Tips to Protect Employees From Exposure to Bloodborne Pathogens
Providing equipment such as gloves and goggles, offering training on contamination prevention and implementing related practices and policies at your operation will ensure the health and safety of employees.
Imagine receiving a call that a child has been injured while boarding one of your school buses. The driver stated that a young girl has fallen on the steps and her head is bleeding. The dispatcher has called 911, but you are requested at the scene.
You arrive just as firefighters and paramedics take over caring for the victim. These rescuers do their job well — the victim is stabilized, wrapped up for transport to the hospital and gently placed on the stretcher.
As you watch, you can’t help but notice that the firefighters and paramedics are wearing medical gloves and goggles. As EMS (emergency medical services) personnel leave the area, you approach your driver, who is talking with a police officer. Almost immediately you become aware of a very frightening sight — your driver has fairly large spots of blood on her clothing and, even more upsetting, she is using a hand towel to wipe the blood off of her hands. It is obvious that this driver did nothing to protect herself from disease transmission and has been contaminated with the victim’s blood.
Wearing PPE (personal protective equipment) is an important part of professional rescuers’ equipment. They know that protecting themselves from bloodborne pathogens is, in some ways, just as important as caring for the victim. But what about your people — your drivers, mechanics and even your office personnel — do they know this and know the risks associated with not wearing protective equipment?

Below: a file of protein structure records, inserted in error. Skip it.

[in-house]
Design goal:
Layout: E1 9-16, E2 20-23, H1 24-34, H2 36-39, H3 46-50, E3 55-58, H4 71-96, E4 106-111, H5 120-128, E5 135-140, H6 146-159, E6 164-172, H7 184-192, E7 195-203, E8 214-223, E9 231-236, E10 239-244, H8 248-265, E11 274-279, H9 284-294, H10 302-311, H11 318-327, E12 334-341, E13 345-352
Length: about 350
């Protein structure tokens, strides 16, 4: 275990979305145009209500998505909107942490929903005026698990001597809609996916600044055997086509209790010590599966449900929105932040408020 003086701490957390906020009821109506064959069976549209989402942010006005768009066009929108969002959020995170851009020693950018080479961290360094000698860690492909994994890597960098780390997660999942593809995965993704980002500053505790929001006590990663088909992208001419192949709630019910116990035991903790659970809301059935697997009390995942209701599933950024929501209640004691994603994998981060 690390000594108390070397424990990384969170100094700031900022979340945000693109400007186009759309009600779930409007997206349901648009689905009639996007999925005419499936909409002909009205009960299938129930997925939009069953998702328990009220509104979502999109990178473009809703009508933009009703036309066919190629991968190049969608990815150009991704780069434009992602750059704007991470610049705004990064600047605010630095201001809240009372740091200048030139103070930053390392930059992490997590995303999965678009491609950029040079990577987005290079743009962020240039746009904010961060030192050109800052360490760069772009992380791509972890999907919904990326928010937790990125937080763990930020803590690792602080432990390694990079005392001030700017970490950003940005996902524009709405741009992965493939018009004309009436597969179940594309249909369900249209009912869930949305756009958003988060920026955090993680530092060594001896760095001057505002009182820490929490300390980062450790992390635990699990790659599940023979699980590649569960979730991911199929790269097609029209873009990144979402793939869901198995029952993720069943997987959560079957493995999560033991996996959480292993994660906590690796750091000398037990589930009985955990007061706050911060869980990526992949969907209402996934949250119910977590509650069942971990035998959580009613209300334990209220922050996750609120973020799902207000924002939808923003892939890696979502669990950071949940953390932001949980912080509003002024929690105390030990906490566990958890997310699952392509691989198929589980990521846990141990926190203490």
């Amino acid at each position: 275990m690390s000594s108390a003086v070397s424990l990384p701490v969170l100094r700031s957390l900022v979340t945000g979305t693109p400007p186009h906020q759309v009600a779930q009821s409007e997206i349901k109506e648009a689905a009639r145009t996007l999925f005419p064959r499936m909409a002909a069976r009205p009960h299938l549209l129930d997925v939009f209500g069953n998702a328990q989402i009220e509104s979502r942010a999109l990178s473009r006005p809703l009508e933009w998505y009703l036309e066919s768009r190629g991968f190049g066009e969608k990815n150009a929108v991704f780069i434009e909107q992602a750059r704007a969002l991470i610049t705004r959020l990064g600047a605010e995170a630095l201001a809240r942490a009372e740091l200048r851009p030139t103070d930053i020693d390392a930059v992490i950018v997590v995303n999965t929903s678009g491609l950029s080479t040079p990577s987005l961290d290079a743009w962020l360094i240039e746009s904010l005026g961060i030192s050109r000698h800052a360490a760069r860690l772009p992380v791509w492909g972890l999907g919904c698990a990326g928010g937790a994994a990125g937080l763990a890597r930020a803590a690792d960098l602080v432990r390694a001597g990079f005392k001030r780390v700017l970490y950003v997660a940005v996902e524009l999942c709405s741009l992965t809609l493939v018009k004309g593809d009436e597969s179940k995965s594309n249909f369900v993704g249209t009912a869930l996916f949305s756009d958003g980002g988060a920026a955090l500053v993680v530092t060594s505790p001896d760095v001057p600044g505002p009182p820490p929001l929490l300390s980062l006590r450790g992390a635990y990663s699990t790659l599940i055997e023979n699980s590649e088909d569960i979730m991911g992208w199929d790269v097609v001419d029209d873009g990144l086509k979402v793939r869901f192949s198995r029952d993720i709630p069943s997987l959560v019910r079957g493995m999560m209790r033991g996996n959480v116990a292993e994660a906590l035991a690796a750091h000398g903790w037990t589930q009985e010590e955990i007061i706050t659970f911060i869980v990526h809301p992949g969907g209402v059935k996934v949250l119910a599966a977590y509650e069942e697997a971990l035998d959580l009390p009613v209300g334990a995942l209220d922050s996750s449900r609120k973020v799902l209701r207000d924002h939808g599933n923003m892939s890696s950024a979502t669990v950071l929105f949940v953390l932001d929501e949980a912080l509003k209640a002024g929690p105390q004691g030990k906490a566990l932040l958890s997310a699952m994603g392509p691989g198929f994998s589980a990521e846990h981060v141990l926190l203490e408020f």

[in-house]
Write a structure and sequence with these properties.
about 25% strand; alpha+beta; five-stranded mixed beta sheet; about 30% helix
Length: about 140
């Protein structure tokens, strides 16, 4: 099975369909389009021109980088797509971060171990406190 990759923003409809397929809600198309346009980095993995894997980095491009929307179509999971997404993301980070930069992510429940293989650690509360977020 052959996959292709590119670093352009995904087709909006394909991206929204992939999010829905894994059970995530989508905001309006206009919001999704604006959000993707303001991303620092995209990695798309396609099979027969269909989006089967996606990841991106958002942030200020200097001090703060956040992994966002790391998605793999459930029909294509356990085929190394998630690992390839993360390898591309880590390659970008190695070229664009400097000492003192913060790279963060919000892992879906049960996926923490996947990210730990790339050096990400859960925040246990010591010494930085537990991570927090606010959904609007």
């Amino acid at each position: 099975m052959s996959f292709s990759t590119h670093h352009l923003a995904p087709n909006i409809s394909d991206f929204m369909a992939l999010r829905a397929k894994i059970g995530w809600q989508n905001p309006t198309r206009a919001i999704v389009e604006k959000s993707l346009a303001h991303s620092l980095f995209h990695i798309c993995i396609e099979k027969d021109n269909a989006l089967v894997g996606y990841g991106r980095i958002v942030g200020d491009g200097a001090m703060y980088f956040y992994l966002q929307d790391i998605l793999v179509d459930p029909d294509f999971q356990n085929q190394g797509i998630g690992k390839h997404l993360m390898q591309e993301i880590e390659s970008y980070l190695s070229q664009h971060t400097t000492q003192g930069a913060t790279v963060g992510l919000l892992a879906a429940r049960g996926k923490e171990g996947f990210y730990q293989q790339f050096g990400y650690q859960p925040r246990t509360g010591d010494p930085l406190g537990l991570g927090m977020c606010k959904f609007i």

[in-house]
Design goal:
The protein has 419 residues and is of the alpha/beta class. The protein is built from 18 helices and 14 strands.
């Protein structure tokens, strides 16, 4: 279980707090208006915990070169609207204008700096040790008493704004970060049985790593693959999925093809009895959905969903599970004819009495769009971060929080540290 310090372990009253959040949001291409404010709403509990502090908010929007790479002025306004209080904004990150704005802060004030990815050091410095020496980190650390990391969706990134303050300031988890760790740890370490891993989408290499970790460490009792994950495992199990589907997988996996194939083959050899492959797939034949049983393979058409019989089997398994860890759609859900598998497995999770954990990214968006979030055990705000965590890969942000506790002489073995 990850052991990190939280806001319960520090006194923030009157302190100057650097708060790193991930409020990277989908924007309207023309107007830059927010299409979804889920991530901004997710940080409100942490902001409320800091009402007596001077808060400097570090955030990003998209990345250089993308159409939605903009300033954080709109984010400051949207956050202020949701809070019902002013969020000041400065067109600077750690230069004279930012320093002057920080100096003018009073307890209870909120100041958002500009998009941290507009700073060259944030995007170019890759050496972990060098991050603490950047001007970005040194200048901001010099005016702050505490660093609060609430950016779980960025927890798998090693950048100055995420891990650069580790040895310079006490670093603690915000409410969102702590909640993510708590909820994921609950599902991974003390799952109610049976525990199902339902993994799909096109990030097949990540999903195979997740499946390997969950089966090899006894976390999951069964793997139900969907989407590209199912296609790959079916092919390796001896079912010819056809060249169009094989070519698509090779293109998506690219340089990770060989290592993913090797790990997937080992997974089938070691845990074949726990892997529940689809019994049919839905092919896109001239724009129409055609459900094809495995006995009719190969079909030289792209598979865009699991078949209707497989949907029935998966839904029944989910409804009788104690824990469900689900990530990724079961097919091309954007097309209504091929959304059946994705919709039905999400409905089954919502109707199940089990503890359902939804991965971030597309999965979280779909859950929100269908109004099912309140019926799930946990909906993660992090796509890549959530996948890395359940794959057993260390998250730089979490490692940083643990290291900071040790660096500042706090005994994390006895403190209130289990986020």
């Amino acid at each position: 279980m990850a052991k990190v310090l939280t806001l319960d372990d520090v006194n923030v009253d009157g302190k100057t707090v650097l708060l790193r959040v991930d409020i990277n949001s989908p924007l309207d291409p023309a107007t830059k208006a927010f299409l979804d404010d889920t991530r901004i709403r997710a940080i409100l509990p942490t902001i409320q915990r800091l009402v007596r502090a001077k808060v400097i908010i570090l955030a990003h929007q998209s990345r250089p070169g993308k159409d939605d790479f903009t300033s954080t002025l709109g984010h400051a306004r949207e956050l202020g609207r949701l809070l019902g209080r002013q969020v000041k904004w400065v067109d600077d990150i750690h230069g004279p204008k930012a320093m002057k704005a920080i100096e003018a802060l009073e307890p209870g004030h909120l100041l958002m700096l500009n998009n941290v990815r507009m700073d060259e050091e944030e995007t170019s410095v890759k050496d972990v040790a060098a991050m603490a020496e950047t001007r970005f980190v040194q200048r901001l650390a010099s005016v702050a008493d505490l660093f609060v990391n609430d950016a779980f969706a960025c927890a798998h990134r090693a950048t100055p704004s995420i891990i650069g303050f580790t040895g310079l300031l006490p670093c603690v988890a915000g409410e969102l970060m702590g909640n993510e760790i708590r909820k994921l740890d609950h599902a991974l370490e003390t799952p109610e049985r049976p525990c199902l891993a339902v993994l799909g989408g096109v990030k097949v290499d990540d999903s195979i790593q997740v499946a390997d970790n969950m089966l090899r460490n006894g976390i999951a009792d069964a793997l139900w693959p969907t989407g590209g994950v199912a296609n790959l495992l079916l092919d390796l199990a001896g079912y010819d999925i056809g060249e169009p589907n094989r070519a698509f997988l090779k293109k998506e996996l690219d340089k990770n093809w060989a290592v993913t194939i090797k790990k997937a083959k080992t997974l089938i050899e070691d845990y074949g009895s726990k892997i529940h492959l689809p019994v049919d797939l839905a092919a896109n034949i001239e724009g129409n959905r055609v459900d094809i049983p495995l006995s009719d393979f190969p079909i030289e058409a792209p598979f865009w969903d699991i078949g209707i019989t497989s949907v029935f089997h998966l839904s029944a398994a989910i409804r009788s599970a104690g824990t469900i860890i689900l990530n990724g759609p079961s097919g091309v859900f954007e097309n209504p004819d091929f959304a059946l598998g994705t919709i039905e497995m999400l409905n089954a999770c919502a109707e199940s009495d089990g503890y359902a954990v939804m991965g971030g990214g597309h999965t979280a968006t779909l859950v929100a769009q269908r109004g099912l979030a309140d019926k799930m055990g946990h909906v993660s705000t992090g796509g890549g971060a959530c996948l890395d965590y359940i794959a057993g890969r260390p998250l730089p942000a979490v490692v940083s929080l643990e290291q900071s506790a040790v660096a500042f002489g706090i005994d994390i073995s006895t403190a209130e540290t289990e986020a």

If your company provides first aid kits for employee use or if your employees are required to respond to a medical emergency, they should have access to protective equipment and receive training on bloodborne pathogens.
Assess Your Operation’s Risk for Exposure
I was recently asked to evaluate exposure risks for an association of tow truck operators, body shop technicians and auto mechanics. These people lacked training on bloodborne pathogens.
Tow truck operators wear thick, leather work gloves and routinely pick up bloodstained windshields or wrap contaminated airbags around steering columns. Body shop technicians pull contaminated seats from wrecked vehicles and then sit on them during their breaks or at lunchtime. Mechanics have a tendency to cut their knuckles or foreheads while repairing vehicles. They also share tools with fellow employees — tools that are contaminated with blood from their last injury.
I know you’re not in the automobile repair business. The examples above are intended to get you thinking about your own operation’s risks of exposure to potentially dangerous body fluids. Do you have a first responder team or people assigned to respond to an emergency? Are first aid kits available to employees? Do employees share equipment or tools that could become contaminated? Who is responsible for cleaning up body fluids after an accident or injury?
Without proper communication policies and training in preventing disease transmission, your employees could find themselves exposed to the same dangers paramedics and firefighters face while coming to their aid.